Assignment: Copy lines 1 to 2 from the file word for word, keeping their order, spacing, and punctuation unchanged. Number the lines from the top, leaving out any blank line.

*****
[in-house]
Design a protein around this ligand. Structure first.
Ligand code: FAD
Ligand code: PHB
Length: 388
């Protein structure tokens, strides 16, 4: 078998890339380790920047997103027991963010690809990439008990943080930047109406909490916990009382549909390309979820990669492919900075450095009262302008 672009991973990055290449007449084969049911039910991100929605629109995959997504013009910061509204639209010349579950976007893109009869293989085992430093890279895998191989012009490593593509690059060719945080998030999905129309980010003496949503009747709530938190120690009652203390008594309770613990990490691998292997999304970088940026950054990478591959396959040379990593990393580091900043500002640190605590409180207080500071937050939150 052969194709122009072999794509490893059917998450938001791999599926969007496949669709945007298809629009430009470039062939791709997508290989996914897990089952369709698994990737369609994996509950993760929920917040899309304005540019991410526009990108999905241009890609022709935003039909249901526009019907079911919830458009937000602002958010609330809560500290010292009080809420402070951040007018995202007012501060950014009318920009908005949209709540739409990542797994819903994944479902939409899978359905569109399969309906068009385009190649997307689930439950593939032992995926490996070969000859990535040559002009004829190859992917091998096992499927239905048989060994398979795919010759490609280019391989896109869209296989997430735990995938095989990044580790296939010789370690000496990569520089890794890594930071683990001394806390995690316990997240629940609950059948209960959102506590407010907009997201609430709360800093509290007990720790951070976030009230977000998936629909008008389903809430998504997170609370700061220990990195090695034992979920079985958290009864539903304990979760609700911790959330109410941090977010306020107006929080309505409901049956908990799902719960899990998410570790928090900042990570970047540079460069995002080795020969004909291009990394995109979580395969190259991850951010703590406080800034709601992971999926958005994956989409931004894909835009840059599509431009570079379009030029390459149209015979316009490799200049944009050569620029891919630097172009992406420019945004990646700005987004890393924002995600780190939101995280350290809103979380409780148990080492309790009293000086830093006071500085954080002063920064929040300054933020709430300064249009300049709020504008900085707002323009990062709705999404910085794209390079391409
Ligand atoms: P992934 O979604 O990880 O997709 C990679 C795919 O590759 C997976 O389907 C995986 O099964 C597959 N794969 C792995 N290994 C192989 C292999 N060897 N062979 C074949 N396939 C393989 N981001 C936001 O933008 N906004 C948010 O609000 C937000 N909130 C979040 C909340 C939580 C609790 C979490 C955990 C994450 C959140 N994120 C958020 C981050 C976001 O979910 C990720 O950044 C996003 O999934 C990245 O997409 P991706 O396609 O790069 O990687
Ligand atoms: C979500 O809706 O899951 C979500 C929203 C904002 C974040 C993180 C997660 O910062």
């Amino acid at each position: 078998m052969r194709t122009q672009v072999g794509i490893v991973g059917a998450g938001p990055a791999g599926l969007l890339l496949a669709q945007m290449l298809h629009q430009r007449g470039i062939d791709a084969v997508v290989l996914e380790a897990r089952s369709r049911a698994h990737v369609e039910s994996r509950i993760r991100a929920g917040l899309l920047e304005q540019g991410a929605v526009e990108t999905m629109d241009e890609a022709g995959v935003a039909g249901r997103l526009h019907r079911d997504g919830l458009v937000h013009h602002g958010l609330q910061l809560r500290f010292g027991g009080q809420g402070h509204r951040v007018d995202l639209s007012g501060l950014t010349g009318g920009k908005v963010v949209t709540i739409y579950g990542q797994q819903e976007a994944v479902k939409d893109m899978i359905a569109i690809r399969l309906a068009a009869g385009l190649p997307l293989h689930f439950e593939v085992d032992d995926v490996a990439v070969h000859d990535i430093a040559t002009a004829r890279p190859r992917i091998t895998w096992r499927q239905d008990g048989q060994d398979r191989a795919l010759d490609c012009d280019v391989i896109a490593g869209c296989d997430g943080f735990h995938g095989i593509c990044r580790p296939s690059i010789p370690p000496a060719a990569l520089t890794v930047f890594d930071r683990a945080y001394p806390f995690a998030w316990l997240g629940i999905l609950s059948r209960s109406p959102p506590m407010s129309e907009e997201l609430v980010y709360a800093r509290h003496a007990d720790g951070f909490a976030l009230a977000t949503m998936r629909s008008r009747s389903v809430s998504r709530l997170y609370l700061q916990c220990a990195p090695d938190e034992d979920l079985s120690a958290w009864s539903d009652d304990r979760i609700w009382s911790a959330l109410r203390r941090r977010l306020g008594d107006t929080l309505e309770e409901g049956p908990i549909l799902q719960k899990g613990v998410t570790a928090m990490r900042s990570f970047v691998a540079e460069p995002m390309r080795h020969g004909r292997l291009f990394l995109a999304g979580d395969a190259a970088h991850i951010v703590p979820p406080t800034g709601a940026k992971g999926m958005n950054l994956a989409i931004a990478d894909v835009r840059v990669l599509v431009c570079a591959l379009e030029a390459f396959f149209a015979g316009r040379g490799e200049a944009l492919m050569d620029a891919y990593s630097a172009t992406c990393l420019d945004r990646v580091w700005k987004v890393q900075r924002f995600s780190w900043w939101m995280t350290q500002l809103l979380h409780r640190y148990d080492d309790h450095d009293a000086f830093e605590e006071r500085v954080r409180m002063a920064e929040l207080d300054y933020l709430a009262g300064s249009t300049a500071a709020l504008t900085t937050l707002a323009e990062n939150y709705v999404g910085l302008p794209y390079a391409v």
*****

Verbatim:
[in-house]
Design a protein around this ligand. Structure first.